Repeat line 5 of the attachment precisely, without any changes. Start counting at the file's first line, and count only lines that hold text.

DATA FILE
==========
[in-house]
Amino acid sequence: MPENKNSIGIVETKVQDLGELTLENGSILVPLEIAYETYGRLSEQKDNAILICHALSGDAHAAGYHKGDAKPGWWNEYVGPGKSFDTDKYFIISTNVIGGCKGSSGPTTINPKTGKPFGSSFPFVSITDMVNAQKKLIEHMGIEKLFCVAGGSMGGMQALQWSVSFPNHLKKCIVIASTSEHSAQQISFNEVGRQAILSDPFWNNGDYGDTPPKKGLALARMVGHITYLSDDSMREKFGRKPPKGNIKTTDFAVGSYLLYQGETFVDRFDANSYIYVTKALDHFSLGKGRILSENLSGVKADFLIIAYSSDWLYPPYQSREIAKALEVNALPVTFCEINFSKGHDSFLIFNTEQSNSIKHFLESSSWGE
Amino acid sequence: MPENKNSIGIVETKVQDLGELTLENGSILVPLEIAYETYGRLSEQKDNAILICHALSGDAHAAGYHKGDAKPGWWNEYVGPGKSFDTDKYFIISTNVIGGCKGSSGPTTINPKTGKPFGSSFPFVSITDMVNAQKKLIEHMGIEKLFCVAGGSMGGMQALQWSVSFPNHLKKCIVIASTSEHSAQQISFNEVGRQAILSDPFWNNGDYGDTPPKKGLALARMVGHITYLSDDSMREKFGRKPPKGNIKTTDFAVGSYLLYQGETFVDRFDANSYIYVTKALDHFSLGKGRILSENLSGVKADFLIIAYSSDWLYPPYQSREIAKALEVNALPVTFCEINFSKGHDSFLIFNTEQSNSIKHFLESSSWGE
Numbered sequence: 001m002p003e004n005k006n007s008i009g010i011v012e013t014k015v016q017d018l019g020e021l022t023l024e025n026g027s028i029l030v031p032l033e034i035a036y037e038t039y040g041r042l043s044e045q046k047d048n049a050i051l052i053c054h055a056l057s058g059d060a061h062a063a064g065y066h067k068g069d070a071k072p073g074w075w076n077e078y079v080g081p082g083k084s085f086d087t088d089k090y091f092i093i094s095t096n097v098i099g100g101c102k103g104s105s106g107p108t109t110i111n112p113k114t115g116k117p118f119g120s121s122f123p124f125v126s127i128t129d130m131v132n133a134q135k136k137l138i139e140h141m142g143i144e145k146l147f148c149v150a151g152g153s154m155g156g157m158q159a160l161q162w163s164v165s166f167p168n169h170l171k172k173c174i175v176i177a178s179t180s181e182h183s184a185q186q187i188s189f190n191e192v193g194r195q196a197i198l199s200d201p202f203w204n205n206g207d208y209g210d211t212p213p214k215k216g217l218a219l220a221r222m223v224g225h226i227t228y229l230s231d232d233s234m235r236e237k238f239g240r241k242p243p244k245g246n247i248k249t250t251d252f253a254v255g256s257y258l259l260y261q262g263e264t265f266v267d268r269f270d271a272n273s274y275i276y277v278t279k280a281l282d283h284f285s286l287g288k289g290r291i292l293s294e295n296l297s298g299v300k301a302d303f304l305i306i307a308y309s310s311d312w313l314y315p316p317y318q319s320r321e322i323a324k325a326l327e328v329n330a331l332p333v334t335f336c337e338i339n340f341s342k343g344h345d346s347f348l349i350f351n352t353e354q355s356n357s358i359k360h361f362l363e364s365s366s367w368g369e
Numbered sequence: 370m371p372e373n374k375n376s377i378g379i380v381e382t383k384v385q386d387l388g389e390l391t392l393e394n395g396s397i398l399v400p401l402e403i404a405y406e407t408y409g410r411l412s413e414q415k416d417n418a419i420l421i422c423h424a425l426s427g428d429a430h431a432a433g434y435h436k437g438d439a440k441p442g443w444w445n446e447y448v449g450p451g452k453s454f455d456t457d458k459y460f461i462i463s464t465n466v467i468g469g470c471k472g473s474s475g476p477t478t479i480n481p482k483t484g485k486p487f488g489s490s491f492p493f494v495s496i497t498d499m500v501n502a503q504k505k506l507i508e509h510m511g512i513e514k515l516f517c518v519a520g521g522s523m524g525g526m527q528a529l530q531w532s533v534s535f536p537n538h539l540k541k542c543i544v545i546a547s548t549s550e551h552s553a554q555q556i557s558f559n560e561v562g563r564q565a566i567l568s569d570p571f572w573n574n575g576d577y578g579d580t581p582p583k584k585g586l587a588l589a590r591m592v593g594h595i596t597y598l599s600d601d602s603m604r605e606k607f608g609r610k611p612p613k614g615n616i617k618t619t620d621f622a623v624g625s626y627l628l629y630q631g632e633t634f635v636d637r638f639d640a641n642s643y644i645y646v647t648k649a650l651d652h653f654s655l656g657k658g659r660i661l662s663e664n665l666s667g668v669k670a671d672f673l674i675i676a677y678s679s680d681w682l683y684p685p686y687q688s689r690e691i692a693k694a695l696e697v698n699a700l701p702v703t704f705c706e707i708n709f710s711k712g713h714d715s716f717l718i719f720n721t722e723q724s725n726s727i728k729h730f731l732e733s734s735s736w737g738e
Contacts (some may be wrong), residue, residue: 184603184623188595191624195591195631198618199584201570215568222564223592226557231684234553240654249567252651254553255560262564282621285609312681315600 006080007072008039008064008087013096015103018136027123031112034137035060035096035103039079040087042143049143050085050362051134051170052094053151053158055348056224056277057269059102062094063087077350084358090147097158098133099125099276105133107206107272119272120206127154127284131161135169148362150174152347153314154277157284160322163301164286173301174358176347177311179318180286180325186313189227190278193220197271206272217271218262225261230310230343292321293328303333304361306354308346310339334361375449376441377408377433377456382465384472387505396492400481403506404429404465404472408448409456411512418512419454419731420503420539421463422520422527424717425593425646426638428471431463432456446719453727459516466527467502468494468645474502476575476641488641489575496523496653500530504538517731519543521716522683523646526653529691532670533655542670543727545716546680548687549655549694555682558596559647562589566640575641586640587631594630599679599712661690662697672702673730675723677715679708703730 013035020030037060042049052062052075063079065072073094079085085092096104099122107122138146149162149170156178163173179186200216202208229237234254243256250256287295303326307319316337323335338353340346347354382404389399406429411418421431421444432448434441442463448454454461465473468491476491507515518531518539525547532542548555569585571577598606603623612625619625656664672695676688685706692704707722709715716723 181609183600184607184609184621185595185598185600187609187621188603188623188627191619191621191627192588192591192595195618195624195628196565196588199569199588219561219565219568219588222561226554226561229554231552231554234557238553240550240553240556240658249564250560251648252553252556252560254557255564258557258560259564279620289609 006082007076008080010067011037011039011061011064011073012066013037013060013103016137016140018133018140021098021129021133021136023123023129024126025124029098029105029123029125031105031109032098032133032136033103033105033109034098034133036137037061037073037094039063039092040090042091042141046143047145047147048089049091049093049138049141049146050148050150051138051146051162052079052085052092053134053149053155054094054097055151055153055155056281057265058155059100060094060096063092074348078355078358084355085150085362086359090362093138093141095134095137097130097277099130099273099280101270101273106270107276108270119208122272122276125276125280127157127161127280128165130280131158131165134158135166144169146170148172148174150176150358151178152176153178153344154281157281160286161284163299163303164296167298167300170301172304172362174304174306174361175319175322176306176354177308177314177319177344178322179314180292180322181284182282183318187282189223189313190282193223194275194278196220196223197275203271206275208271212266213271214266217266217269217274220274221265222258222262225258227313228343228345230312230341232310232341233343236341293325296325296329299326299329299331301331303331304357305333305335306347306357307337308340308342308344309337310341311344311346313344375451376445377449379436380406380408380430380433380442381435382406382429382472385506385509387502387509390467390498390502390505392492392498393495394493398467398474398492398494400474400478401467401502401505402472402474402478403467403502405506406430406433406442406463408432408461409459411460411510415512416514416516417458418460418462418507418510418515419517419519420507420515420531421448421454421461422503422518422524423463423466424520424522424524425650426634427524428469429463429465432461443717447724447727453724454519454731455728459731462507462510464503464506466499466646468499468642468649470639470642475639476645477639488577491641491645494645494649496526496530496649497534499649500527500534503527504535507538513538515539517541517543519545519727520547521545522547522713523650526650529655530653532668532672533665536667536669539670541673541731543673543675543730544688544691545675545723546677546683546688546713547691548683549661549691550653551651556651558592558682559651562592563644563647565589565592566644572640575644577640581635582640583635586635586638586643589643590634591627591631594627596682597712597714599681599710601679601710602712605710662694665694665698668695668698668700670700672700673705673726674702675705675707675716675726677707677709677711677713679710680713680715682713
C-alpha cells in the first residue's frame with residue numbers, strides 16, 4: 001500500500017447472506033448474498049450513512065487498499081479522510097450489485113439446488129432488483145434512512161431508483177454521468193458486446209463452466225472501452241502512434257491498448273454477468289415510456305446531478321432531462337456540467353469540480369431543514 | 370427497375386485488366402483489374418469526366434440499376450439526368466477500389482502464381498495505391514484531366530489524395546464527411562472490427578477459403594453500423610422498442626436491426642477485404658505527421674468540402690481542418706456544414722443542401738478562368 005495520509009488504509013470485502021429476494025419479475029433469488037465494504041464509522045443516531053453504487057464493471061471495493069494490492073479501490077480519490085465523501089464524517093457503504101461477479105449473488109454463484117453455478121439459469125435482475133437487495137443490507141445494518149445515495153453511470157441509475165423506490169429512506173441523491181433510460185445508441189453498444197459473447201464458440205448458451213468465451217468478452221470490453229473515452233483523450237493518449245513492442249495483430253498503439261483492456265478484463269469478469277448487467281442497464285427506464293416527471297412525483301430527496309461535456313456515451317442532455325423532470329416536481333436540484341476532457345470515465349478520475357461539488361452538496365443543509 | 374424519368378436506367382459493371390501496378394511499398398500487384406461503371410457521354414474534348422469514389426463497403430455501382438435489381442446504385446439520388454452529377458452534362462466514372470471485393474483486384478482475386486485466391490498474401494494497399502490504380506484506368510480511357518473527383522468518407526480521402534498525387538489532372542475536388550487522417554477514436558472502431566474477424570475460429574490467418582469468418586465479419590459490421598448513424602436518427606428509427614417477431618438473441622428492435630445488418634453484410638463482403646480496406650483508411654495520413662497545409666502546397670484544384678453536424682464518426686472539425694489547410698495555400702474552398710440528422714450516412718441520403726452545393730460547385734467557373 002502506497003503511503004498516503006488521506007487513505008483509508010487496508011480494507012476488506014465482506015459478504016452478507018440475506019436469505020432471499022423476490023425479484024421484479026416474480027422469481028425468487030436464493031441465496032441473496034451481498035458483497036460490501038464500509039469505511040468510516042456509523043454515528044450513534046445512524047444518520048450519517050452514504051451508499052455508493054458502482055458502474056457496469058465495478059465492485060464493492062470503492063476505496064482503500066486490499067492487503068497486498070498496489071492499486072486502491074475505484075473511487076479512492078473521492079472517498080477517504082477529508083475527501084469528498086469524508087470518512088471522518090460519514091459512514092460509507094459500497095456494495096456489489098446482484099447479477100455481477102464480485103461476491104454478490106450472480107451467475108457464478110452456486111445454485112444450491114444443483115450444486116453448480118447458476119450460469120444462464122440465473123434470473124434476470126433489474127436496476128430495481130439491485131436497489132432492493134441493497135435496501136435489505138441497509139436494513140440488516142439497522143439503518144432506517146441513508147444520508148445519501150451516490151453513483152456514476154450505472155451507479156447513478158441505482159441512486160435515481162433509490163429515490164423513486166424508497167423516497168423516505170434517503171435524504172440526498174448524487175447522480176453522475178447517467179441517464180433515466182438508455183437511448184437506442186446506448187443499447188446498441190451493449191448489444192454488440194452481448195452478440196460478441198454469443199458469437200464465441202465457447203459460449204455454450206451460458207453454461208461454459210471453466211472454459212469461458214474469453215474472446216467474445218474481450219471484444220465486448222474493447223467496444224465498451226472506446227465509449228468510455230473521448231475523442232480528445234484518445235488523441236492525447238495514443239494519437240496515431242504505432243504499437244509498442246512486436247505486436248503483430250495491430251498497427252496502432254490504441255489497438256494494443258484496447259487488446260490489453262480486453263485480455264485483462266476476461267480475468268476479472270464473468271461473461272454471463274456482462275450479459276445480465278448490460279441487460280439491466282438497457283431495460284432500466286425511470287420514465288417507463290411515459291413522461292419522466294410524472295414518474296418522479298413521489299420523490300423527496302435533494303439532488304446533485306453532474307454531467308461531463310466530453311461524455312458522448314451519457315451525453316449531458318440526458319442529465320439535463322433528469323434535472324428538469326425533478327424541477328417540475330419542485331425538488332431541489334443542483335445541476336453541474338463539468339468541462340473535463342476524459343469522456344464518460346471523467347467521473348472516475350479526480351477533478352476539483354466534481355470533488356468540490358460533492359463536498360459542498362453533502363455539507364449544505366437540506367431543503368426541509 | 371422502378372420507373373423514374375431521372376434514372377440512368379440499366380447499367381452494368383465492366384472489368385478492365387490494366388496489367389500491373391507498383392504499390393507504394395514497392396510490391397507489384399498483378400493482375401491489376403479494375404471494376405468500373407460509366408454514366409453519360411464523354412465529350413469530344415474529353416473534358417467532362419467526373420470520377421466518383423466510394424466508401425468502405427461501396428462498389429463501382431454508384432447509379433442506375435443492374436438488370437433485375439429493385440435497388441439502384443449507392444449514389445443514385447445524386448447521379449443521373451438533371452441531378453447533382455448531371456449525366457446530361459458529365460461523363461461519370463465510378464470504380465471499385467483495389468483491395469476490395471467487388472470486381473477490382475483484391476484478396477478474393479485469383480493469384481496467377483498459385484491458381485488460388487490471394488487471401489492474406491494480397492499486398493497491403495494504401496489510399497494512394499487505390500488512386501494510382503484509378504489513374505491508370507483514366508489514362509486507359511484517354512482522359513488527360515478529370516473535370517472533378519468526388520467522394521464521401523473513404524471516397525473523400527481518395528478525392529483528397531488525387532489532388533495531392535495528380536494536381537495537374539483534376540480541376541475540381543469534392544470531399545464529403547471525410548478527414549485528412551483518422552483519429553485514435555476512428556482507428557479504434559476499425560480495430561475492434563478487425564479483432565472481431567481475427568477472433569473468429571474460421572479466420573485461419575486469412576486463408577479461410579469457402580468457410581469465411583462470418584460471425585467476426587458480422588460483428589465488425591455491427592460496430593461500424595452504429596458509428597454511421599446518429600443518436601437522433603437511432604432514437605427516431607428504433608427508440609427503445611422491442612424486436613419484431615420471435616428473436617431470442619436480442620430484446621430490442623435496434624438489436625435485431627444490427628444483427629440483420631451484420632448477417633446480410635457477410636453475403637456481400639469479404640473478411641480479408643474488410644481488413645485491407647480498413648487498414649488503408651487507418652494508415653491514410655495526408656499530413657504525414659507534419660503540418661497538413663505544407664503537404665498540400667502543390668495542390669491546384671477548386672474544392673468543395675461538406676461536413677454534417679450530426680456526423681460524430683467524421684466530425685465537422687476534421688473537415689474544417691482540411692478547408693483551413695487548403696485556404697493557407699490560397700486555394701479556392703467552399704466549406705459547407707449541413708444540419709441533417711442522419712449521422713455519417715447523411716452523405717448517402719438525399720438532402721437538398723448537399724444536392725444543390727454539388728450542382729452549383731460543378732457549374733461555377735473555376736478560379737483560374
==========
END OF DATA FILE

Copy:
Numbered sequence: 370m371p372e373n374k375n376s377i378g379i380v381e382t383k384v385q386d387l388g389e390l391t392l393e394n395g396s397i398l399v400p401l402e403i404a405y406e407t408y409g410r411l412s413e414q415k416d417n418a419i420l421i422c423h424a425l426s427g428d429a430h431a432a433g434y435h436k437g438d439a440k441p442g443w444w445n446e447y448v449g450p451g452k453s454f455d456t457d458k459y460f461i462i463s464t465n466v467i468g469g470c471k472g473s474s475g476p477t478t479i480n481p482k483t484g485k486p487f488g489s490s491f492p493f494v495s496i497t498d499m500v501n502a503q504k505k506l507i508e509h510m511g512i513e514k515l516f517c518v519a520g521g522s523m524g525g526m527q528a529l530q531w532s533v534s535f536p537n538h539l540k541k542c543i544v545i546a547s548t549s550e551h552s553a554q555q556i557s558f559n560e561v562g563r564q565a566i567l568s569d570p571f572w573n574n575g576d577y578g579d580t581p582p583k584k585g586l587a588l589a590r591m592v593g594h595i596t597y598l599s600d601d602s603m604r605e606k607f608g609r610k611p612p613k614g615n616i617k618t619t620d621f622a623v624g625s626y627l628l629y630q631g632e633t634f635v636d637r638f639d640a641n642s643y644i645y646v647t648k649a650l651d652h653f654s655l656g657k658g659r660i661l662s663e664n665l666s667g668v669k670a671d672f673l674i675i676a677y678s679s680d681w682l683y684p685p686y687q688s689r690e691i692a693k694a695l696e697v698n699a700l701p702v703t704f705c706e707i708n709f710s711k712g713h714d715s716f717l718i719f720n721t722e723q724s725n726s727i728k729h730f731l732e733s734s735s736w737g738e